I had the pleasure of I speaking to about 20 8th graders this month about careers in electronics.
It took me back to my first real introduction to the industry: the Summer Consumer Electronics Show in 1992. There I saw the prototypes for HDTV and widescreen TVs, and more interesting, the first foldable screens.
I like to remind folks that it takes a generation or more for most ideas to become mainstream. At this year’s CES, there were transparent TVs (thanks to LG and Samsung), foldable OLED PC monitors (Asus), and a portable rolling robot projector (Samsung again) that, well, you really to see to understand what it is capable of.
Of my cohort that January morning, two of them are already thinking in terms of engineering careers, but in my opinion what’s more important is that none of them rules out this path.
Mentoring peers is great and important, but I’m a big proponent of talking to youth and helping them connect the dots. After all, we are often reminded that if you want to see the future, take a look at your kids.
And if you agree that we need the next generation to consider careers in electronics design and manufacturing, are you doing what you can to encourage them?
The early reports from CES indicate wearable devices continue to be the hot item. Among the early headliners:
Samsung’s WELT wellness belt, which is really a backpack that charges phones via solar panels, among other things;
Samsung’s Smart Suit, which to my view does fairly mundane tasks like like unlocking your phone when you take it out of your pocket;
Samsung’s lab also made a golf shirt that can sense the weather and UV ratings;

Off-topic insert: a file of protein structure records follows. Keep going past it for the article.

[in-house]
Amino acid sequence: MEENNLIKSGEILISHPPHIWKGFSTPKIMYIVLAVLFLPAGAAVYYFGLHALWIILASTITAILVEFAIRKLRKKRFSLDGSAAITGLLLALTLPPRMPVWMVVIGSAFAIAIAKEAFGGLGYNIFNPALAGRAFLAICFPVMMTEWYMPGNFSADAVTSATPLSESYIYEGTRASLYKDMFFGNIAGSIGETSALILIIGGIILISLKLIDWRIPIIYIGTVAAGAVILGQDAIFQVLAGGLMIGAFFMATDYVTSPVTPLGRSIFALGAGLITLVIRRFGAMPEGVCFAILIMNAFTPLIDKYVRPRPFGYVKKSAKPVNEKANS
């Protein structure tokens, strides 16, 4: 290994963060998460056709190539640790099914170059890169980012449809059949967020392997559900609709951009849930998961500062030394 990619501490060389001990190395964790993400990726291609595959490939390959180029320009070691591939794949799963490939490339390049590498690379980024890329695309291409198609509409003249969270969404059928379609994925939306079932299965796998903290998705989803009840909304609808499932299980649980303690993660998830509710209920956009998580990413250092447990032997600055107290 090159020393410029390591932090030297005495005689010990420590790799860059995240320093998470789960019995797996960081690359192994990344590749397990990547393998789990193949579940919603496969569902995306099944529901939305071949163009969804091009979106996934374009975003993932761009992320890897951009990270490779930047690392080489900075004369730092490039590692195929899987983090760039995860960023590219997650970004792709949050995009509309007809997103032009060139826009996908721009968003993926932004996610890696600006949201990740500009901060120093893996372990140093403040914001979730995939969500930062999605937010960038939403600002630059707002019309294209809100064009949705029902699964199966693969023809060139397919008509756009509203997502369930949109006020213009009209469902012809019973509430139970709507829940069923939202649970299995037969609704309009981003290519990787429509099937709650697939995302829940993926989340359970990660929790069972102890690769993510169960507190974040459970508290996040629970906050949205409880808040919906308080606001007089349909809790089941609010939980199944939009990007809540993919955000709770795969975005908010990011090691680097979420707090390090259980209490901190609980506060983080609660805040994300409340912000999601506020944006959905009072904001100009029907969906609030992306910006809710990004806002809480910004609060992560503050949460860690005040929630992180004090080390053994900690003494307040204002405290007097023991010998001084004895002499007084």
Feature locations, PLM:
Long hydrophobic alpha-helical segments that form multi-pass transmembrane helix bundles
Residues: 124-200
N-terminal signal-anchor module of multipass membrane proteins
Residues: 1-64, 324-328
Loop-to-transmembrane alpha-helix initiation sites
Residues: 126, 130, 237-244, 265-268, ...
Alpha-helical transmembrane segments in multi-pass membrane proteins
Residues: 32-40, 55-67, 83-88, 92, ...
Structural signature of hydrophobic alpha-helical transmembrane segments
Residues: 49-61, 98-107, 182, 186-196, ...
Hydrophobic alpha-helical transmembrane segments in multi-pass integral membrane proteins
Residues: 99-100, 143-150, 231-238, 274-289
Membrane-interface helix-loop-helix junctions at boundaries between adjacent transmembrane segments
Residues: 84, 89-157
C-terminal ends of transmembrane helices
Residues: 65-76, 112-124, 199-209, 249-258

Samsung’s Smart Suit
Under Armour’s Healthbox, which features an activity tracker, chest strap and smart scale; and Samsung’s Body Compass 2.0, a sensor-laden workout suit that performs similar tasks;
MadRat’s Supersuit, which is designed to play laser tag and other such games in a closed space;
Also coming from UA, a smart running shoe that tracks movement and lets users know when the shoe should be replaced.
What these devices have in common is the ability for users to track their activity — and by extension, their wellness — in real-time and on multiple platforms including their smartphones. What they can also do is amass a terrific amount of data that may or may not be used for their original intended purposes. In short, if you can collect and review the data, so can someone else.
Consider: What if health insurers were to require policyholders to wear devices that tracked such details? And what if your insurance rates were to climb simply on the basis of a weekend ice-cream binge? What if auto insurers could tell that you had activated your cellphone while in a driving, and could cancel your policy on the basis of that information? What if it was learned that you habitually played 18 holes during high ozone days?
While the ability to monitor one’s health using actual real-time data is eye-opening, are we opening a door to such data being misused, or at least, applied in a fashion that could have very real and life-changing implications for the user?